HIV is losing a critical bout in the long and grueling boxing match called AIDS. And this victory for persons of color certainly is a cause for celebration.
According to Michael Smith, writer for the health media outlet MedPage Today, the Centers for Disease Control (CDC) has reported that that the mortality rates of blacks in the U.S. fell substantially between 2009 and 2012. During that time, the number of deaths fel1 by 18 percent.
However, the number of deaths remained higher among HIV-infected blacks than among HIV-positive individuals of other racial and ethnic groups–although the gaps seem to be narrowing.
Consistent features of the U.S. HIV/AIDS epidemic have been ethnic and racial disparities: each year, blacks have been making up almost half of all new diagnoses despite being only 14 percent of the population. And cases have been soaring amongst some subgroups, including black MSM (men who have sex with men).
According to Smith, the CDC stated that this new data illustrate that decreases in mortality between 2009 and 2012 were seen in all groups but were “greater and more consistent among blacks than among other races/ethnicities.”
The CDC calculated two rates—the rate per 1,000 individuals living with HIV and the rate per 100,000 population. In 2012, the CDC reported, “an estimated 8,165 deaths occurred among black persons living with HIV, which was 48% of the total mortality among people with HIV. That was 1.5 times the 5,426 deaths among whites and 3.2 times the 2,586 deaths among Hispanics or Latinos.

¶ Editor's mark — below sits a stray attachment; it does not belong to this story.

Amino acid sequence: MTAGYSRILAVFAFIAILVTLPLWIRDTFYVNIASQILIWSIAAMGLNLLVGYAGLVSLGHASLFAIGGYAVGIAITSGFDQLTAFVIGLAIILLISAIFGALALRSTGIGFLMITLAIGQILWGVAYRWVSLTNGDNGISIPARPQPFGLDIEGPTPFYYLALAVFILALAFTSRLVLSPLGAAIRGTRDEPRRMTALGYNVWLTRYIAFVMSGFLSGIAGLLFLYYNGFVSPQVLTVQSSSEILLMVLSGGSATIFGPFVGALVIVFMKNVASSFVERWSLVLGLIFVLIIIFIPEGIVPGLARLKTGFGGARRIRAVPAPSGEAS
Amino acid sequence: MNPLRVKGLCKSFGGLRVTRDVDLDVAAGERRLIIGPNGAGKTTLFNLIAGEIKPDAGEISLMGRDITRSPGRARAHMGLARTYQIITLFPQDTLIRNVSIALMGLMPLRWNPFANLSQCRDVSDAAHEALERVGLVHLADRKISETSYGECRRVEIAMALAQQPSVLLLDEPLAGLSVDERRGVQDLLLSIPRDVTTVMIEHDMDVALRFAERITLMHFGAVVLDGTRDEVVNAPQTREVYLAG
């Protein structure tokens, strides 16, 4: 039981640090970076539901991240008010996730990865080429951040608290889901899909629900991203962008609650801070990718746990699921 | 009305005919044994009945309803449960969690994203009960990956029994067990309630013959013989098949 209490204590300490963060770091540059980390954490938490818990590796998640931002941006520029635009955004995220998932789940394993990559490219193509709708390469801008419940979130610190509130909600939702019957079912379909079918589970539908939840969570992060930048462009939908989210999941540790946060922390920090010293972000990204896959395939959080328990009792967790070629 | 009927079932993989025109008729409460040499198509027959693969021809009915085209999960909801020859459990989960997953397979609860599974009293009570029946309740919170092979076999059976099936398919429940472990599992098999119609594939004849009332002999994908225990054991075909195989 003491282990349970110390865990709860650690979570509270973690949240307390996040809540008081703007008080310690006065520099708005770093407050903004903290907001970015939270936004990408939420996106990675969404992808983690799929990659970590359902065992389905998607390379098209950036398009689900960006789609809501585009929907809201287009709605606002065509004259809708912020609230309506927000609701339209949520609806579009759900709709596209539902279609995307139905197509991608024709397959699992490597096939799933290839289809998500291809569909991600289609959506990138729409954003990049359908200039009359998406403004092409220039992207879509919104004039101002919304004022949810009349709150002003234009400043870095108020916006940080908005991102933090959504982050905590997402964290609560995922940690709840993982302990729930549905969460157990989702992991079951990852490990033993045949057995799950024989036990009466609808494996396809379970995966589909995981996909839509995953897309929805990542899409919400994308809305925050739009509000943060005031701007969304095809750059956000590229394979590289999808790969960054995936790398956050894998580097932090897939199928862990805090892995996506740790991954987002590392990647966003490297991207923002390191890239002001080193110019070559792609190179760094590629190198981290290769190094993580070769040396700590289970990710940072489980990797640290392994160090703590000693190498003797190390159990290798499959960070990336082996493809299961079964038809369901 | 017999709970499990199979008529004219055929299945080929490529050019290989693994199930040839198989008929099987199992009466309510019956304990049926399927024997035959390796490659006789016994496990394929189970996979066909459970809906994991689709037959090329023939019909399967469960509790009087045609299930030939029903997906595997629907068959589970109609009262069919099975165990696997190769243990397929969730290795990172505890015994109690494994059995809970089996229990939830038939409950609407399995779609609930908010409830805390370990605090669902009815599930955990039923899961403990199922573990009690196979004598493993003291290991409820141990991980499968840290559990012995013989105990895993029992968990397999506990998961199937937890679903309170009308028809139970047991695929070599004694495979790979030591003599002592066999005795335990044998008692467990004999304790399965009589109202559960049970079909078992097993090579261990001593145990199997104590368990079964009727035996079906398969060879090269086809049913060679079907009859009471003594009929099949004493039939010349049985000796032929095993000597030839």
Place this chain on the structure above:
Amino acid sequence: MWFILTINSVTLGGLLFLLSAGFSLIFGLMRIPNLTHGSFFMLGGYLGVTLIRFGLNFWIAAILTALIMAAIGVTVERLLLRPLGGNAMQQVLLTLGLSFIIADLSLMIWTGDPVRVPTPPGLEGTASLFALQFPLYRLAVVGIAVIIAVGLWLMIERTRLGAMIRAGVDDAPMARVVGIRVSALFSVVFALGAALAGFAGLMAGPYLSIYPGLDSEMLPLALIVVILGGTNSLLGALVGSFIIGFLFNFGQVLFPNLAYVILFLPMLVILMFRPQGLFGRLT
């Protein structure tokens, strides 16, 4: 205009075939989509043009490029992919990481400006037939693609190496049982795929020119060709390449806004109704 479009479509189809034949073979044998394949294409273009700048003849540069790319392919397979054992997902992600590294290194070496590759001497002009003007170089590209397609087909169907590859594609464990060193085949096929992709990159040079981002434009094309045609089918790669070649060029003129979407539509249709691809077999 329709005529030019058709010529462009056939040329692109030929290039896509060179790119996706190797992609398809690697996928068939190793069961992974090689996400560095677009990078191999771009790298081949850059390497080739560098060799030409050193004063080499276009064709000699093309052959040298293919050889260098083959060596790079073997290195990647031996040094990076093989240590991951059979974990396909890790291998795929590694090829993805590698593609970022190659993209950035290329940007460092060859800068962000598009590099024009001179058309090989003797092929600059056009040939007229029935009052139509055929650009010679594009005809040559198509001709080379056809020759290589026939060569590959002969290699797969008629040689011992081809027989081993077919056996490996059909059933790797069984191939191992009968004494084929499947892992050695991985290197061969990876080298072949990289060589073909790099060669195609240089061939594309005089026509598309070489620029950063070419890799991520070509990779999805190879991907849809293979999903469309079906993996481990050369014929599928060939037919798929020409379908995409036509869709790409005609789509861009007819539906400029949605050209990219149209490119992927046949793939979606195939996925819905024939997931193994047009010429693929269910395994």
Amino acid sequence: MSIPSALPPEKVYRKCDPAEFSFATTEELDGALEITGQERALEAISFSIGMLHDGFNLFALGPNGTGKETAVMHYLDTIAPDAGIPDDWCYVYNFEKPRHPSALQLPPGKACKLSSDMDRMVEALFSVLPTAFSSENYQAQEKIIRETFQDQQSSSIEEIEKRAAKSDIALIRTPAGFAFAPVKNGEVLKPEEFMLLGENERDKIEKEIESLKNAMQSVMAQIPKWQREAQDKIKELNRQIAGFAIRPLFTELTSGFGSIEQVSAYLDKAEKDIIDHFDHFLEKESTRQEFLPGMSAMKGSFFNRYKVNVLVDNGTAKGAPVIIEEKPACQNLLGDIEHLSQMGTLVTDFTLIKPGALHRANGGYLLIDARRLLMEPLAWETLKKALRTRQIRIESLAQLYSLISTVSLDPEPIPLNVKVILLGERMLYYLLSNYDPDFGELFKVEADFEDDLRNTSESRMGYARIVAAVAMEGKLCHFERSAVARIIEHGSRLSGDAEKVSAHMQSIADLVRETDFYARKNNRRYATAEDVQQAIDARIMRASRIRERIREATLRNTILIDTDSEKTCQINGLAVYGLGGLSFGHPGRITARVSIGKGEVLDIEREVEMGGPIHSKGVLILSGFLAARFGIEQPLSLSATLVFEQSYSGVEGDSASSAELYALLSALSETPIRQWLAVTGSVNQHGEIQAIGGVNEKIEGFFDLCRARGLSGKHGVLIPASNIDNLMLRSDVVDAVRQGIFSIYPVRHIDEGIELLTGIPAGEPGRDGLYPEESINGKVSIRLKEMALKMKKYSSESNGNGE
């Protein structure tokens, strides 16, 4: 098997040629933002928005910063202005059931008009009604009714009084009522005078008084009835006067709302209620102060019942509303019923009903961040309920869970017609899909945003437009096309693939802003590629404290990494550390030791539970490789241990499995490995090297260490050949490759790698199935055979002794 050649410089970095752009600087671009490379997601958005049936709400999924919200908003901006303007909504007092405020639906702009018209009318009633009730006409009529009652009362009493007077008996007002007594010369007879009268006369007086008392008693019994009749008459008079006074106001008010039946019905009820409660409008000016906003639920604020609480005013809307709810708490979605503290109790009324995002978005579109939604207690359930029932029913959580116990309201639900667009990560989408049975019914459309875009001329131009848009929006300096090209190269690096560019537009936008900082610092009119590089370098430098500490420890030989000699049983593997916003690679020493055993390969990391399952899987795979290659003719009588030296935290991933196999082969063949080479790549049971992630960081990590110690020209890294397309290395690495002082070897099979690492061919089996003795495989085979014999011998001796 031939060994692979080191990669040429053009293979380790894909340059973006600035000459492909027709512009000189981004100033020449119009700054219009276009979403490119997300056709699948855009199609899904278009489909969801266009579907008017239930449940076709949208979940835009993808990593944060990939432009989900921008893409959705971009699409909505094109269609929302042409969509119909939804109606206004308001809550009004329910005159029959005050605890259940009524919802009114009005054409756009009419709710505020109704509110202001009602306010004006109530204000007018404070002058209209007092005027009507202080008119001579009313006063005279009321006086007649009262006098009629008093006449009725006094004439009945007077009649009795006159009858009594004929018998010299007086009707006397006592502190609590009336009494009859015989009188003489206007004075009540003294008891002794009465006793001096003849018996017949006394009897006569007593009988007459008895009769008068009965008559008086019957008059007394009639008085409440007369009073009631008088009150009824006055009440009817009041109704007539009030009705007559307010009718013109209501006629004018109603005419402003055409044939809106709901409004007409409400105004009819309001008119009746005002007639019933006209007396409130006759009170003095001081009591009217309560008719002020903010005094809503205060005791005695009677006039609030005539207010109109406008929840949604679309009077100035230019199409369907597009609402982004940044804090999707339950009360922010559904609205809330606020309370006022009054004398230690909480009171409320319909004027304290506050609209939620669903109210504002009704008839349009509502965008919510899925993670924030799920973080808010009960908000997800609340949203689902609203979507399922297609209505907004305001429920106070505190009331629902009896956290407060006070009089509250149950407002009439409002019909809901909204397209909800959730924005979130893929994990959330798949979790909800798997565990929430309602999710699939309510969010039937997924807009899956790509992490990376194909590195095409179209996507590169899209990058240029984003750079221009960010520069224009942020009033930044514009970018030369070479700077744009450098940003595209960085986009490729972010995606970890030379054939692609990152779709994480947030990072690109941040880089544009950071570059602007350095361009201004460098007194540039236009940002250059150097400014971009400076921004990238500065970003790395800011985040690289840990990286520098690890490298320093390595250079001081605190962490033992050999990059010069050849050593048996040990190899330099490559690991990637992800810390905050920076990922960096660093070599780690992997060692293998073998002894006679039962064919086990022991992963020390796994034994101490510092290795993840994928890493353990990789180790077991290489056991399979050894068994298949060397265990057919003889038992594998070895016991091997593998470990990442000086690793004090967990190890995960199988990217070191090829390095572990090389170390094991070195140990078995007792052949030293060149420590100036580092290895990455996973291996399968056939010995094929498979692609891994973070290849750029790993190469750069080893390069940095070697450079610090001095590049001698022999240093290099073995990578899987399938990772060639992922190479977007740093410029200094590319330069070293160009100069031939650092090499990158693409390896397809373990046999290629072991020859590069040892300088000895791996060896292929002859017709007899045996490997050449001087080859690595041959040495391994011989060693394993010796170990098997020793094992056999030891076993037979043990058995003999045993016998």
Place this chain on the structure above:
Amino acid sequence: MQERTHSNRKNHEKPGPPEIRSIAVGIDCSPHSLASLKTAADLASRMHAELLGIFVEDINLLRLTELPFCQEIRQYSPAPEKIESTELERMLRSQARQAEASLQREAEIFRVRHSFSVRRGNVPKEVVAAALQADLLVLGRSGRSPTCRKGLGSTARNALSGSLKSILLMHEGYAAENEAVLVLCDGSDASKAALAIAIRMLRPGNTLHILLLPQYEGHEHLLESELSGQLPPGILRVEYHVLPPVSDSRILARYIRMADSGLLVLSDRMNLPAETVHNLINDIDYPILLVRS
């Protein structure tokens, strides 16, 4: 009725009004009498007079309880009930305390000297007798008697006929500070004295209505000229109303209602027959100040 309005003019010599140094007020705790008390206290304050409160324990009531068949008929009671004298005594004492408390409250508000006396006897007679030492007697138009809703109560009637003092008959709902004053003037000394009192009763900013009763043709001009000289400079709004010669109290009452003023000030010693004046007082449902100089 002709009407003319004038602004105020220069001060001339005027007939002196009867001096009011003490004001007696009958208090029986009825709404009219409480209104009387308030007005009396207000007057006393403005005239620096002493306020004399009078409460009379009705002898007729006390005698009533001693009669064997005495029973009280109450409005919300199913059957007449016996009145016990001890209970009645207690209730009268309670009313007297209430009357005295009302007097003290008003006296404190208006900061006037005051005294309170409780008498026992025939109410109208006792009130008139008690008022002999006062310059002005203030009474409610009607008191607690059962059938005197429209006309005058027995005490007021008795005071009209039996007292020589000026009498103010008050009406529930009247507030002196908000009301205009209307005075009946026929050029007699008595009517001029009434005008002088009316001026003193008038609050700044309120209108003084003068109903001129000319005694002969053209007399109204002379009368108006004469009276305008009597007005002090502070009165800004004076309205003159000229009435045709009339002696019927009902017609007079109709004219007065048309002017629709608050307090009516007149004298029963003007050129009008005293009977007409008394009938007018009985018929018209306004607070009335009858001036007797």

“But overall, the number represented an 18% decline in the number of deaths among blacks from 2008 through 2012.
“The death rate per 1,000 blacks living with diagnosed HIV fell from 28.4 in 2008 to 20.5 in 2012—a 28% decline—but the rate remained 13% higher than for whites and 47% higher than Hispanics or Latinos, the agency said.
“The 28% decline among blacks was greater than the 22% drop seen among all people living with HIV.”
Though this is encouraging and heartening news, we cannot afford “to rest on our laurels,” so to speak. And let me put it another way: before you “get horizontal to ‘Git Busy’,” strap on your favorite “latex raincoat!”